Dengue threat is not over yet even though it’s already winter, doctors saySix South Asian Games players from Sri Lanka admitted to hospital for dengue virus; half a dozen dengue cases are reported in Kathmandu every day.
Six Sri Lankan players, who are in Nepal to participate in the ongoing South Asian Games, have been hospitalised after contracting dengue, once again raising concerns that the disease-carrying mosquitoes are still active even after the onset of winter.
Of the players infected with dengue, Gayathri Nanayakkara has been admitted in the intensive care unit of Blue Cross Hospital near Dashrath Stadium in Tripureshwor.
The hospital administration said Nanayakkara was airlifted from Pokhara on Saturday.
"She is recovering well and she is out of danger," Rajat Shrestha, a board member of the hospital, told the Post. "Other five players have been receiving treatment in the general ward."
It, however, was not immediately clear whether the Sri Lankans contracted the disease in Nepal, or they carried the virus from their home country which also saw a sudden increase in dengue cases this year.
Dr Bibek Kumar Lal, director at the Epidemiology and Disease Control Division, said the players might have been infected with the virus in their own country, as it takes one week or more for the symptoms to appear after the infection.
"Sri Lanka itself has been severely affected by the dengue outbreaks," said Lal. "the entire South Asian region have been struggling to overcome the disease."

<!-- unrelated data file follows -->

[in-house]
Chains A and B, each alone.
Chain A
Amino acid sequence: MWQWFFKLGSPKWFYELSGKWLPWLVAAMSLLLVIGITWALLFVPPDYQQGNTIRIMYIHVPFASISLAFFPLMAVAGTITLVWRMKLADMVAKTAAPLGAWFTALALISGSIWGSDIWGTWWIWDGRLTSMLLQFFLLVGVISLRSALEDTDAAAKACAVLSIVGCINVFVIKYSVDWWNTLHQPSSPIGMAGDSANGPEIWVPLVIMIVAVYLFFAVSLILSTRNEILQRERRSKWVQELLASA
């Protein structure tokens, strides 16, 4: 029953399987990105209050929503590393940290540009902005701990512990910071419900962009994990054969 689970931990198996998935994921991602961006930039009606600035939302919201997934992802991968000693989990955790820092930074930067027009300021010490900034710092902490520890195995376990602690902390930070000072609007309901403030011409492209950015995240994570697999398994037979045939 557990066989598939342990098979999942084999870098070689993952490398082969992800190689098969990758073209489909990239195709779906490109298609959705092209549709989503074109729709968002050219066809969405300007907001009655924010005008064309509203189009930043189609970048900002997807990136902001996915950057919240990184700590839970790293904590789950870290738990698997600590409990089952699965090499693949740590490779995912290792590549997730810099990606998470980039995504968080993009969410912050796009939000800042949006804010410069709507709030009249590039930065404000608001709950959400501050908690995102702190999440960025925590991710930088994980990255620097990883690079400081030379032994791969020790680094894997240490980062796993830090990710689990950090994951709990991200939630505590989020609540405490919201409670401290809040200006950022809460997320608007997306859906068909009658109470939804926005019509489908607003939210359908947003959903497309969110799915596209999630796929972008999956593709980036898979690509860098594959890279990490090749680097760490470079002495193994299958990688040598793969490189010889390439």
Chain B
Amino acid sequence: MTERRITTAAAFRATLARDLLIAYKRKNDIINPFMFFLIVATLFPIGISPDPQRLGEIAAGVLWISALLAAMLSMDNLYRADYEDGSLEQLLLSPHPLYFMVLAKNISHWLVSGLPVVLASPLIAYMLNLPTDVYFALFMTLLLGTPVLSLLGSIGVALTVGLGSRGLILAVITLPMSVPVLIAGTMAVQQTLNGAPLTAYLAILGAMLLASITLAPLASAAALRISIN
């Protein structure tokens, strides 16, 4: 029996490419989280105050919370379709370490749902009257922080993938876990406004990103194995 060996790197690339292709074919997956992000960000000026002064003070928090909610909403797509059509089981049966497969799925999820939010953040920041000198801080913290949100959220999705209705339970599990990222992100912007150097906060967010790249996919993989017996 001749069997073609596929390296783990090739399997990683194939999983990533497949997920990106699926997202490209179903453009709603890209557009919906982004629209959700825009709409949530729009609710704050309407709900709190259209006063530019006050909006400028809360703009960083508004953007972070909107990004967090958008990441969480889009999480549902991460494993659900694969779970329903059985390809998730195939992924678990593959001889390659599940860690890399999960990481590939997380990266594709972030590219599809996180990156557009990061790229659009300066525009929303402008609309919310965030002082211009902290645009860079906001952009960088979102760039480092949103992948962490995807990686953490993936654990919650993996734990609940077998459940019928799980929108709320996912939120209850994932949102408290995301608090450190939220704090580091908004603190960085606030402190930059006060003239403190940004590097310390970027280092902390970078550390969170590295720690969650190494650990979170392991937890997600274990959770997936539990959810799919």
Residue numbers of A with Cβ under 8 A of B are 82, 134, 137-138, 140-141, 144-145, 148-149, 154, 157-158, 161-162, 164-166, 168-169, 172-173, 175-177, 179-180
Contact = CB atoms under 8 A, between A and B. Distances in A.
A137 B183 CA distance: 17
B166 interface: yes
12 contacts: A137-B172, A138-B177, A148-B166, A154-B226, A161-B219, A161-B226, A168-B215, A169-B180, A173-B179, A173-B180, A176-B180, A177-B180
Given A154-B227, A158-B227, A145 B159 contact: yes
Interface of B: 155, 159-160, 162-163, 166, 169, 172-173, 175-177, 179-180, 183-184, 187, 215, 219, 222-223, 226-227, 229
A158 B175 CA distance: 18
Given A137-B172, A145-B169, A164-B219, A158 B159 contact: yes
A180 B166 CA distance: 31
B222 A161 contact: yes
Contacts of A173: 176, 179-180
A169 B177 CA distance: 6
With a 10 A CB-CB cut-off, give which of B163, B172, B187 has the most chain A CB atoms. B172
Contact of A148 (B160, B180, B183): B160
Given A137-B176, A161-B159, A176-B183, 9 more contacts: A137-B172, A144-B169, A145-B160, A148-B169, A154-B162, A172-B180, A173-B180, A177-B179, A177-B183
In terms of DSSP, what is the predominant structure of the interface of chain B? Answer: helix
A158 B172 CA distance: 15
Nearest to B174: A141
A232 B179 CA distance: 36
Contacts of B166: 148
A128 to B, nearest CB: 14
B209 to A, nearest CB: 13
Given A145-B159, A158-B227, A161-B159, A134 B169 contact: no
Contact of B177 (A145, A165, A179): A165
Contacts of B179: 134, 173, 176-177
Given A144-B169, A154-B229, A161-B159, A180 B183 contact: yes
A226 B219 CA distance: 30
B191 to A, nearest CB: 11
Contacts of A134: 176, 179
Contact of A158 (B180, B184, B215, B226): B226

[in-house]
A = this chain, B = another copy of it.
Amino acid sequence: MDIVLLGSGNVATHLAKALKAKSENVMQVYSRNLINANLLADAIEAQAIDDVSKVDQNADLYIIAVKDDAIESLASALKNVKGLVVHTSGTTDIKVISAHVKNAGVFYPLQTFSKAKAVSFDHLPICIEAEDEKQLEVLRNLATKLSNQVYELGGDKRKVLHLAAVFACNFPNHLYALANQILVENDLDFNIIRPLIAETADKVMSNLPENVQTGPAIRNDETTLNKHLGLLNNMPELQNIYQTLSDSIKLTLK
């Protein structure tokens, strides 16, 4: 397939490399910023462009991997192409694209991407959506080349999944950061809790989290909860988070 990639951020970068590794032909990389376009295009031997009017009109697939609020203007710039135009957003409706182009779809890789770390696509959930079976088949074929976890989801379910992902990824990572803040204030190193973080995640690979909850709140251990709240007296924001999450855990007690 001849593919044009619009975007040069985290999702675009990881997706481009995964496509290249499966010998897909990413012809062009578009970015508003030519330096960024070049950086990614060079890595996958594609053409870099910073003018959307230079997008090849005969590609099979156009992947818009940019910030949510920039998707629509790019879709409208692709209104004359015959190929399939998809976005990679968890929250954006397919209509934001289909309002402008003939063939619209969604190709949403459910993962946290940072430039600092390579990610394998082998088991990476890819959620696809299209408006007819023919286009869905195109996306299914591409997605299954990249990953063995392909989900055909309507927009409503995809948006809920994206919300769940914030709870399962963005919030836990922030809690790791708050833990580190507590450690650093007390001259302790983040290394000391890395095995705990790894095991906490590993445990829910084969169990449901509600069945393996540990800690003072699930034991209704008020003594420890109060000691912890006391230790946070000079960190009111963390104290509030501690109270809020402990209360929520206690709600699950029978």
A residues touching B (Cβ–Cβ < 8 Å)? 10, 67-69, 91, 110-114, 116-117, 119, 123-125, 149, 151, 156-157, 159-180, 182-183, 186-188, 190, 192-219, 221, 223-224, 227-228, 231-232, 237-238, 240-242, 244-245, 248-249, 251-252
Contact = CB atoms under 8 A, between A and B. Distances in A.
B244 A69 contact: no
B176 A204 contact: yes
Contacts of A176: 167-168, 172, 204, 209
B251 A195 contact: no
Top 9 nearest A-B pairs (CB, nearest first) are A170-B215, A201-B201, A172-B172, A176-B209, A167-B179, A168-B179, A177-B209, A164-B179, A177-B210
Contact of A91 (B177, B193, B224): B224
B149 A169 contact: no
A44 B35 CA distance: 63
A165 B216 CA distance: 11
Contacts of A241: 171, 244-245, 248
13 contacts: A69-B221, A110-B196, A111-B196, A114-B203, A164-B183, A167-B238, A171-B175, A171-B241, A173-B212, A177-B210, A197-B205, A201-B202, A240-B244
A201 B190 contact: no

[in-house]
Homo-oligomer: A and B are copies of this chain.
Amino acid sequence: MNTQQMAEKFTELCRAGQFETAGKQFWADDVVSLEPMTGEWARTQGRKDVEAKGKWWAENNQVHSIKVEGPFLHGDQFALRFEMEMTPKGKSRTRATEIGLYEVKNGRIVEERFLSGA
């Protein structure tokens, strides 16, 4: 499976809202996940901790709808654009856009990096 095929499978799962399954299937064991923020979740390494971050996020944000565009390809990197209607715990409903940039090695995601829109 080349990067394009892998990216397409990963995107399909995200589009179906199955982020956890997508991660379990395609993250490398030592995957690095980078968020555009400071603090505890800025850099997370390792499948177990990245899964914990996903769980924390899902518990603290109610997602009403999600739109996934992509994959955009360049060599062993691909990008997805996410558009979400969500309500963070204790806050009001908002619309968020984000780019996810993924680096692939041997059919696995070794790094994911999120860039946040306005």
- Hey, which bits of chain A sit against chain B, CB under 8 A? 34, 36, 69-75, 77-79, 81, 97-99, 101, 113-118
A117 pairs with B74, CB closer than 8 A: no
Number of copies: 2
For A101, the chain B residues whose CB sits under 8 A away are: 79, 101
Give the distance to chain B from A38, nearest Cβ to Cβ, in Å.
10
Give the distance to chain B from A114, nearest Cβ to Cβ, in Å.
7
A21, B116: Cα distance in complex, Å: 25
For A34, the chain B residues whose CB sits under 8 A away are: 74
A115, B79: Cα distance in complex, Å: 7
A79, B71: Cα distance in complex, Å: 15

Lal, however, did not rule out the chances of infection in Nepal.
“At least half a dozen people on average are still visiting hospitals in the Kathmandu Valley for dengue treatment,” Lal told the Post.
Several districts across the country including Pokhara of Kaski district have been still reporting dengue cases.
Dengue is a mosquito-borne viral disease, which is transmitted by female Aedes aegypti and Aedes albopictus mosquitoes. Both Aedes aegypti and Aedes albopictus mosquitoes, breed in clean water and are active during the day. The same mosquitoes also transmit chikungunya, yellow fever and Zika virus, according to the World Health Organization. The UN's health agency said that about half of the world's population is now at risk.
Dengue has killed six people and infected over 16,000 people from 68 districts out of 77 since the beginning of this fiscal year [July 17].
"We have been worried about dengue threat throughout the year, largely due to climate change and several other factors," said Lal. "We need to take precautionary measures round the year."
Experts say dengue virus spreads during the post-monsoon season. But this year, the outbreak happened before the onset of monsoon in the Kathmandu Valley.
The division said it has developed dengue treatment guidelines and imparted master trainer training to health officials of all seven provinces to combat the disease. Those officials, who received master trainer training, would provide training to officials concerned in their respective provinces. The division has been also continuing awareness drives against the dengue virus.
Dr Praksah Shah, chief of Vector-Borne Disease Control Section at the division, said that dengue cases decline after temperatures come down.
“But that does not mean the dengue season is over and risk is minimised,” said Shah. "The virus-carrying mosquitoes can easily survive in room temperature of Kathmandu Valley and become active in the day time."
According to Shah, people from across the country should take precautionary measures to be safe from the deadly virus.
Dengue was first reported in Nepal in 2004. Since then, dengue outbreaks have occurred almost every year. But this year, dengue cases were reported in an unprecedented number, with the disease spreading to 68 districts.
Doctors say a lot more people might have been infected with the virus, as people with mild symptoms usually do not visit the hospital, and 70 to 90 percent of dengue cases are asymptomatic.